Mr. Home stayed two days. During his visit he could not be prevailed on to go out. He sat all day long by the fireside, sometimes silent, sometimes receiving and answering Mrs. Brettons chat, which was just of the proper sort for a man in his morbid moodnot over-sympathetic, yet not too uncongenial, sensible; and even with a touch of the motherlyshe was sufficiently his senior to be permitted this touch.
As to Paulina, the child was at once happy and mute, busy and watchful. Her father frequently lifted her to his knee; she would sit there till she felt or fancied he grew restless. Then it was, Papa, put me down; I shall tire you with my weight.
And the mighty burden slid to the rug, and establishing itself on carpet or stool just at papas feet, the white work-box and the scarlet-speckled handkerchief came into play. This handkerchief, it seems, was intended as a keepsake for papa, and must be finished before his departure; consequently the demand on the sempstresss industry (she accomplished about a score of stitches in half an hour) was stringent.
The evening, by restoring Graham to the maternal roof (his days were passed at school), brought us an accession of animationa quality not diminished by the nature of the scenes pretty sure to be enacted between him and Miss Paulina.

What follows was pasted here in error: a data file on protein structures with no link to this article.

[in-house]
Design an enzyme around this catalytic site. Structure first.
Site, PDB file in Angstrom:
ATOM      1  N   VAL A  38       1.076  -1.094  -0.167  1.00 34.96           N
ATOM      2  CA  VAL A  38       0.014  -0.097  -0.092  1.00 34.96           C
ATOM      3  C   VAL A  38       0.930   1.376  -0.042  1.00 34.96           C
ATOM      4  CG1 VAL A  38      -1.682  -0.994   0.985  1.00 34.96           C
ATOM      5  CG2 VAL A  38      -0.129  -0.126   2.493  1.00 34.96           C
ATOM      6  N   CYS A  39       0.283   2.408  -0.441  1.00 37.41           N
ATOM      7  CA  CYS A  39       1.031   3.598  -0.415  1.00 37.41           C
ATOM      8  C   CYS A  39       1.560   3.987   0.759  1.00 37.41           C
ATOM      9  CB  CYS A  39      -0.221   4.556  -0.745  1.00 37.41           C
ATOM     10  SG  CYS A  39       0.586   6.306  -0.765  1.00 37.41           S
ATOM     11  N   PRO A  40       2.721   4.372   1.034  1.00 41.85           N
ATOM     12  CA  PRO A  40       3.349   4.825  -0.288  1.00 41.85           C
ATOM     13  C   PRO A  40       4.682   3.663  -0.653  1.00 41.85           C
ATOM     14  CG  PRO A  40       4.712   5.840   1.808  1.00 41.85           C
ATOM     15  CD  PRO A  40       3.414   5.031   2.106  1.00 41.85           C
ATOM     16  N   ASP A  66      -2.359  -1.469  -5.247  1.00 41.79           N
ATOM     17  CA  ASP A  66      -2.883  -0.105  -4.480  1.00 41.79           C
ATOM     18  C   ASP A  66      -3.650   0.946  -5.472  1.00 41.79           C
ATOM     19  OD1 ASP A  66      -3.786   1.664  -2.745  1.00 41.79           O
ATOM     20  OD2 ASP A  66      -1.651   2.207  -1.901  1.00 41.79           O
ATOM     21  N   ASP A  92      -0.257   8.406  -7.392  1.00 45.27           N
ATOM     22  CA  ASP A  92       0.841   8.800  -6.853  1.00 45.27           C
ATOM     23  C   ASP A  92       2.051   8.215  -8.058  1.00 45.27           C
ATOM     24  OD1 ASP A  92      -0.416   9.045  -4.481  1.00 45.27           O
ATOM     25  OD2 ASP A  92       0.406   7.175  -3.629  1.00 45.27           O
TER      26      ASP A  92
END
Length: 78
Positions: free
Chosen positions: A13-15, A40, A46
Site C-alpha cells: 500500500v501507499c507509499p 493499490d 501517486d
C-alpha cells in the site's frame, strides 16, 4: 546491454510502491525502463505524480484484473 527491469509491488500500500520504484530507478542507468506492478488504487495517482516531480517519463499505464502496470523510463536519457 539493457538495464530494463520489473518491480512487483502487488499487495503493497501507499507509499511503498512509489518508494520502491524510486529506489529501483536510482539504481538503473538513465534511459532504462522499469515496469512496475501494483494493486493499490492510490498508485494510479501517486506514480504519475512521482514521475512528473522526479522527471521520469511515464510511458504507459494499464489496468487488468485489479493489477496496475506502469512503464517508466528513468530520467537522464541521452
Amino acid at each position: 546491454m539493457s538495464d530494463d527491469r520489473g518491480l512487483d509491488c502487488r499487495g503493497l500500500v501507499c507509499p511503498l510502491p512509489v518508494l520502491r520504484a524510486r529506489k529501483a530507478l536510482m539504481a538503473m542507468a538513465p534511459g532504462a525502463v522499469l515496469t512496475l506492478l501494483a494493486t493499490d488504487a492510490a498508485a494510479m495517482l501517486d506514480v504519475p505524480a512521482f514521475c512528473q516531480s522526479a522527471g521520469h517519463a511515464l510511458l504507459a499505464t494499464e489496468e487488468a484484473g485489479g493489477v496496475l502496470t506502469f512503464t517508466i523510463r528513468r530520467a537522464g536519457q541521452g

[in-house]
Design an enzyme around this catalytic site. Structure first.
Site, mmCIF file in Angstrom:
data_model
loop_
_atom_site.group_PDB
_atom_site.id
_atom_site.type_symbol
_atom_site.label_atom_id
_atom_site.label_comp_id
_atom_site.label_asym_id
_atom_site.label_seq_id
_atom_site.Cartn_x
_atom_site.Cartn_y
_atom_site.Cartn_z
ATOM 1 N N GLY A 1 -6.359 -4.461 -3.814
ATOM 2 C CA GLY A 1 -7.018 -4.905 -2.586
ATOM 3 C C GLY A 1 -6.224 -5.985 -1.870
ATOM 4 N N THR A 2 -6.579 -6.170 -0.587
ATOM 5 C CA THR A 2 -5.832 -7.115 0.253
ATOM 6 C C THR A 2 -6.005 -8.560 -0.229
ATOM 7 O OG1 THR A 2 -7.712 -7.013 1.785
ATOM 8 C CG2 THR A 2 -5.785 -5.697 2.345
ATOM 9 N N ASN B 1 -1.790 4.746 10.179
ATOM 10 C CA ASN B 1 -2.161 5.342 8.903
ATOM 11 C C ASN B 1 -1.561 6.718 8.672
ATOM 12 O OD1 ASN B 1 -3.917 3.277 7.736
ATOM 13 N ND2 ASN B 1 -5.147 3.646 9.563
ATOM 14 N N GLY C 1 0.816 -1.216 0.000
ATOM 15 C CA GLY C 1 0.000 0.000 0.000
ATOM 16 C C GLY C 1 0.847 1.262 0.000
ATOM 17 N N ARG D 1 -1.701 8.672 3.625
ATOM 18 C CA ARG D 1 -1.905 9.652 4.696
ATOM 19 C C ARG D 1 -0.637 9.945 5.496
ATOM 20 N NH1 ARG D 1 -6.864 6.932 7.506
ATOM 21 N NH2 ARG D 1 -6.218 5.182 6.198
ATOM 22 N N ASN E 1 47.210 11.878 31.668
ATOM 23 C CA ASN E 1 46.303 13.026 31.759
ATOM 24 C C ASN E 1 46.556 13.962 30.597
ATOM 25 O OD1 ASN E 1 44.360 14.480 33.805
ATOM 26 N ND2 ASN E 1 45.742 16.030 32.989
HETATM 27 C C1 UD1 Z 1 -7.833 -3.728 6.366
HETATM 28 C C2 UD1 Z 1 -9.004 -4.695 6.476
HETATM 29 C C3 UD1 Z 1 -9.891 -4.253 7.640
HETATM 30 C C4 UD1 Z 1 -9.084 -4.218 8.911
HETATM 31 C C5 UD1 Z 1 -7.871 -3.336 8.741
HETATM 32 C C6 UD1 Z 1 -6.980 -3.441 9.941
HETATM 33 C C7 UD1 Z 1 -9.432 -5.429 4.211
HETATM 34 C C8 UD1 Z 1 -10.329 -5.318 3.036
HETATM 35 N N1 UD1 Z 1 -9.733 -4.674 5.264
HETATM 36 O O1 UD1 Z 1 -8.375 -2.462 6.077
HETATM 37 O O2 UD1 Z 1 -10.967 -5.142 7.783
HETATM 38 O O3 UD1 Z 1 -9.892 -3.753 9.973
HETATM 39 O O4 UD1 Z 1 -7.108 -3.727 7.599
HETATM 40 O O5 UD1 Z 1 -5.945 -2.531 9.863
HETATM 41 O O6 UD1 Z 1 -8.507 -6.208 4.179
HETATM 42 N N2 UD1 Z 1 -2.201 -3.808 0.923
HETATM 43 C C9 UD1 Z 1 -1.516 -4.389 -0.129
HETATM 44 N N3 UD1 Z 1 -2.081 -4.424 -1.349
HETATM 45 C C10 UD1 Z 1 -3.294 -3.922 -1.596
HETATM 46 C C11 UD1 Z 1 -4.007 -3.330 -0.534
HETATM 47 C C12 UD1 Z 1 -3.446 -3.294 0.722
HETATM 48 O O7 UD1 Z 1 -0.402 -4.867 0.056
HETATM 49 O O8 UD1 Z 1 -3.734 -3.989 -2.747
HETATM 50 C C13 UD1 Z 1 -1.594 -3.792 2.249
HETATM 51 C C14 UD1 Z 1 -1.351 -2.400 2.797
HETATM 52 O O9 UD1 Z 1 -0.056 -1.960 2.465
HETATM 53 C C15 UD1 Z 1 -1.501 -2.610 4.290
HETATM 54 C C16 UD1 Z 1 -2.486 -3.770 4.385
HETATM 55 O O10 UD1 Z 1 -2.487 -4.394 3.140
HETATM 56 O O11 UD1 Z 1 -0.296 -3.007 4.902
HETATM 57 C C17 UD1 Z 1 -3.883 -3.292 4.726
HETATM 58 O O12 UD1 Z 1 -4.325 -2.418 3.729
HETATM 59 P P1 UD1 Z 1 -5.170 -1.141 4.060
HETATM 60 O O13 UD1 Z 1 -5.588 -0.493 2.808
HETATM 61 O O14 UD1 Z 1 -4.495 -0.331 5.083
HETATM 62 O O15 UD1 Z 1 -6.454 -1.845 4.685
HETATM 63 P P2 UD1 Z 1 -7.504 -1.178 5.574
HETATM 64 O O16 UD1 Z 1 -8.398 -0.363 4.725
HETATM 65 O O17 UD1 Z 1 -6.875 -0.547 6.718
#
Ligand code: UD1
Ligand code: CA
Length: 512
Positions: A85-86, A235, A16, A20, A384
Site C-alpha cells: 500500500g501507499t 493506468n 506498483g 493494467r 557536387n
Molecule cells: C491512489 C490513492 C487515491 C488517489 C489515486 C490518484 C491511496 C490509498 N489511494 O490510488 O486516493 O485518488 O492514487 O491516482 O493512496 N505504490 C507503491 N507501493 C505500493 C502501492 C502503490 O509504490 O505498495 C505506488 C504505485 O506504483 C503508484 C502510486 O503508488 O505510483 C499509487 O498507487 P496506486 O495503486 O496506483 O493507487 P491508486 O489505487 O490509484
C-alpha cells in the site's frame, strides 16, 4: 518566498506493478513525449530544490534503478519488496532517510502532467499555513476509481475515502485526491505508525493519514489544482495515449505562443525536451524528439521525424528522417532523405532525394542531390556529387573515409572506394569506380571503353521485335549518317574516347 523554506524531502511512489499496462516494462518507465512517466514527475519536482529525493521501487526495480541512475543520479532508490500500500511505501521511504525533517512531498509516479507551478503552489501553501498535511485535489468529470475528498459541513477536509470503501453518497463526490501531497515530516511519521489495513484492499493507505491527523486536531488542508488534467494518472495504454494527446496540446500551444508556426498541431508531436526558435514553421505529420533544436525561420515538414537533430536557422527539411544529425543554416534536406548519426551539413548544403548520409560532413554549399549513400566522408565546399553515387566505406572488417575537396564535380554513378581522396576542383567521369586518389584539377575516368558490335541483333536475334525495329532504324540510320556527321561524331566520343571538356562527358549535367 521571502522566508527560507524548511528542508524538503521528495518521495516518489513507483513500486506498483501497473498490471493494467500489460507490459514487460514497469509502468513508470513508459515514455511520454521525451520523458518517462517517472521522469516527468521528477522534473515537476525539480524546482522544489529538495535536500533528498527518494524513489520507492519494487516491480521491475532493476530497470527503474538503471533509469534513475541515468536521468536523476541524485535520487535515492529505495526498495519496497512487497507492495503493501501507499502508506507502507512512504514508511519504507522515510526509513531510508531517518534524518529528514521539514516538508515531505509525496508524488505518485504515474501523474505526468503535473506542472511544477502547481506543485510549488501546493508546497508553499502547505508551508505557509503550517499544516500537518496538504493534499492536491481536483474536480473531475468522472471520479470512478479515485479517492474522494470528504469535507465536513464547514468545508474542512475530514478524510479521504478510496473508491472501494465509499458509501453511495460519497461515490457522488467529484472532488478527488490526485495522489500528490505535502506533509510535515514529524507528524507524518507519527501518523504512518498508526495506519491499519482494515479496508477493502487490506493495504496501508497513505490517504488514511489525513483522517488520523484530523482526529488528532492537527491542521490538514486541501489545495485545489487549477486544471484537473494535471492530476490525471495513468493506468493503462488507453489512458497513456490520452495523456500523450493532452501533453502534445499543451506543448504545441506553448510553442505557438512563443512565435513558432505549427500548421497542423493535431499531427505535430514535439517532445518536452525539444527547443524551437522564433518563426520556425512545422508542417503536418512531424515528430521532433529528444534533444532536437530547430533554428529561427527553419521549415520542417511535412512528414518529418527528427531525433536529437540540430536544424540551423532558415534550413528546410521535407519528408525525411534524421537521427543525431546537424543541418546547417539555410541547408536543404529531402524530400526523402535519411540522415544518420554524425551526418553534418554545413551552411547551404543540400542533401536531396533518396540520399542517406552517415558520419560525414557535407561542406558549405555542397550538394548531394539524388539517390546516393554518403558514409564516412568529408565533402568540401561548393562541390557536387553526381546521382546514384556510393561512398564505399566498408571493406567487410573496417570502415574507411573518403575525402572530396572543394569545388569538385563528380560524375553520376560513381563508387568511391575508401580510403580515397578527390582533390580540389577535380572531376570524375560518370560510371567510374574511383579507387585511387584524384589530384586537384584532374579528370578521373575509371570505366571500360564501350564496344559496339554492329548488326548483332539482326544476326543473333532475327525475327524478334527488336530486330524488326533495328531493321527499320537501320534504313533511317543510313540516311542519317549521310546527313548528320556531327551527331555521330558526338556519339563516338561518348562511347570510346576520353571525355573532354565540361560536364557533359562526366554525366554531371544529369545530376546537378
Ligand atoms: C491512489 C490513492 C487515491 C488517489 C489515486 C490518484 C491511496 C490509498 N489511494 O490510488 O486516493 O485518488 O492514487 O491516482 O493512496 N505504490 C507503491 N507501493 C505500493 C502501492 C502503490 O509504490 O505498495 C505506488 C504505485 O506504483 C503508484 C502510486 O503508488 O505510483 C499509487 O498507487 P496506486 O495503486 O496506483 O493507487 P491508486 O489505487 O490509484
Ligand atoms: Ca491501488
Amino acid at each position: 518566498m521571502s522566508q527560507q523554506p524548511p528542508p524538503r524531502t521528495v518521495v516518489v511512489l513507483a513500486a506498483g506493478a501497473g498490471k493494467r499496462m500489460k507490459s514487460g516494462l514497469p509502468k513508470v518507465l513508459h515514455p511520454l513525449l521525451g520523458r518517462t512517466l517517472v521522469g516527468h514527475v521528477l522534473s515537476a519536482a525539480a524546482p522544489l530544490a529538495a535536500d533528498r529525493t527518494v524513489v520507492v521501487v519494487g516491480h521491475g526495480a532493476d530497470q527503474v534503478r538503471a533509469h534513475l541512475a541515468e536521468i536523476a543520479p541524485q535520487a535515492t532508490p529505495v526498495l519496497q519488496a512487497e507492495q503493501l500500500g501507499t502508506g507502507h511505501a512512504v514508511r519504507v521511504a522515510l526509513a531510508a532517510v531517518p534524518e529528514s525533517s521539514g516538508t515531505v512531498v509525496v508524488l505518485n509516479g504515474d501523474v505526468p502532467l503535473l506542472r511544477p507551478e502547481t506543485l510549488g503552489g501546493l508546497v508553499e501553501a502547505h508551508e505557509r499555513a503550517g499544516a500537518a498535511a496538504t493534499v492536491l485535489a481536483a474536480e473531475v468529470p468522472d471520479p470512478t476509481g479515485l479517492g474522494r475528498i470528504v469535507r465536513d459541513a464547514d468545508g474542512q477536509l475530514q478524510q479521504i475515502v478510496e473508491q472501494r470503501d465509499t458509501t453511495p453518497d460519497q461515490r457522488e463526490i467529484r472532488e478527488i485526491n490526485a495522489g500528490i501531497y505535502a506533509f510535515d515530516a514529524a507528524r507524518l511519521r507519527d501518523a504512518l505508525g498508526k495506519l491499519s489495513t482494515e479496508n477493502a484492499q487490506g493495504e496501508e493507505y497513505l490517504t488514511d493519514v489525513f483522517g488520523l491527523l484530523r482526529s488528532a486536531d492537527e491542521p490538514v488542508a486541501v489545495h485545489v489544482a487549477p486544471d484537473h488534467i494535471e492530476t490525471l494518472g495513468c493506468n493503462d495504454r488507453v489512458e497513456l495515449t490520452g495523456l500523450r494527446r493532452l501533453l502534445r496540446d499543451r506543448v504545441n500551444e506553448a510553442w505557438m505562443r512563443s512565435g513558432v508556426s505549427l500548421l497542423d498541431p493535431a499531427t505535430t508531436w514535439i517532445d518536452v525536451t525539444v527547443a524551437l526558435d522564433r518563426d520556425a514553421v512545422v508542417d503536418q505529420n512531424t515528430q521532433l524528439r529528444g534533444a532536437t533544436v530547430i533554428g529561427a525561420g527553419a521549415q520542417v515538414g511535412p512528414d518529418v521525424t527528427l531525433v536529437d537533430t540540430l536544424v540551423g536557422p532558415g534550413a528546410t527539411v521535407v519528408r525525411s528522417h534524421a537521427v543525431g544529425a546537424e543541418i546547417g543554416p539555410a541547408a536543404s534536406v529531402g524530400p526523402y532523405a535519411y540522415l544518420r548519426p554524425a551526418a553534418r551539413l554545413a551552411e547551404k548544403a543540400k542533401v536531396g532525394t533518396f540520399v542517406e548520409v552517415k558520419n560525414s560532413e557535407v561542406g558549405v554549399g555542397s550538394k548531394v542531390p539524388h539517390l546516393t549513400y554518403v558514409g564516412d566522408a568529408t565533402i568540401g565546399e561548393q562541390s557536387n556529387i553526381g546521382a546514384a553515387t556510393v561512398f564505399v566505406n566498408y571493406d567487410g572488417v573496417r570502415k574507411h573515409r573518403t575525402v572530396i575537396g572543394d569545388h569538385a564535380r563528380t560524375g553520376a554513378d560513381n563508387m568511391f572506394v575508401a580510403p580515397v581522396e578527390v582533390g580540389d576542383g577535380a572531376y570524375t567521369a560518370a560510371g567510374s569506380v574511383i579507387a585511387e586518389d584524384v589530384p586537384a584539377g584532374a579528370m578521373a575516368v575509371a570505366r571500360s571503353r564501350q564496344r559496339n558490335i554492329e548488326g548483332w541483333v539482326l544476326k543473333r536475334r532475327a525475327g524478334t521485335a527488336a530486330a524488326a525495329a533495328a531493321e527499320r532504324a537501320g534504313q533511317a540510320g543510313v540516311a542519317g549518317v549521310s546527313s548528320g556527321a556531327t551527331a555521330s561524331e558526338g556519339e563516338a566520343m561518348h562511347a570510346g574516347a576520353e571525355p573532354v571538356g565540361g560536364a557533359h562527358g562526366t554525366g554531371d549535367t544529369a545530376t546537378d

A distant and haughty demeanour had been the result of the indignity put upon her the first evening of his arrival. Her usual answer, when he addressed her, was, I cant attend to you; I have other things to think about. Being implored to state what thingsBusiness.
Graham would endeavour to seduce her attention by opening his desk and displaying its multifarious contentsseals, bright sticks of wax, penknives, with a miscellany of engravings, some of them gaily coloured, which he had amassed from time to time. Nor was this powerful temptation wholly unavailing. Her eyes, furtively raised from her work, cast many a peep towards the writing-table, rich in scattered pictures. An etching of a child playing with a Blenheim spaniel happened to flutter to the floor.
Pretty little dog! said she, delighted.
Graham prudently took no notice. Ere long, stealing from her corner, she approached to examine the treasure more closely. The dogs great eyes and long ears, and the childs hat and feathers, were irresistible.
Nice picture! was her favourable criticism.
Well, you may have it, said Graham.
She seemed to hesitate. The wish to possess was strong, but to accept would be a compromise of dignity. No. She put it down and turned away.
You wont have it, then, Polly?
I would rather not, thank you.
Shall I tell you what I will do with the picture if you refuse it? She half turned to listen.
Cut it into strips for lighting the taper.
But I shall.
Graham waxed inexorable on hearing the pleading tone. He took the scissors from his mothers workbasket.
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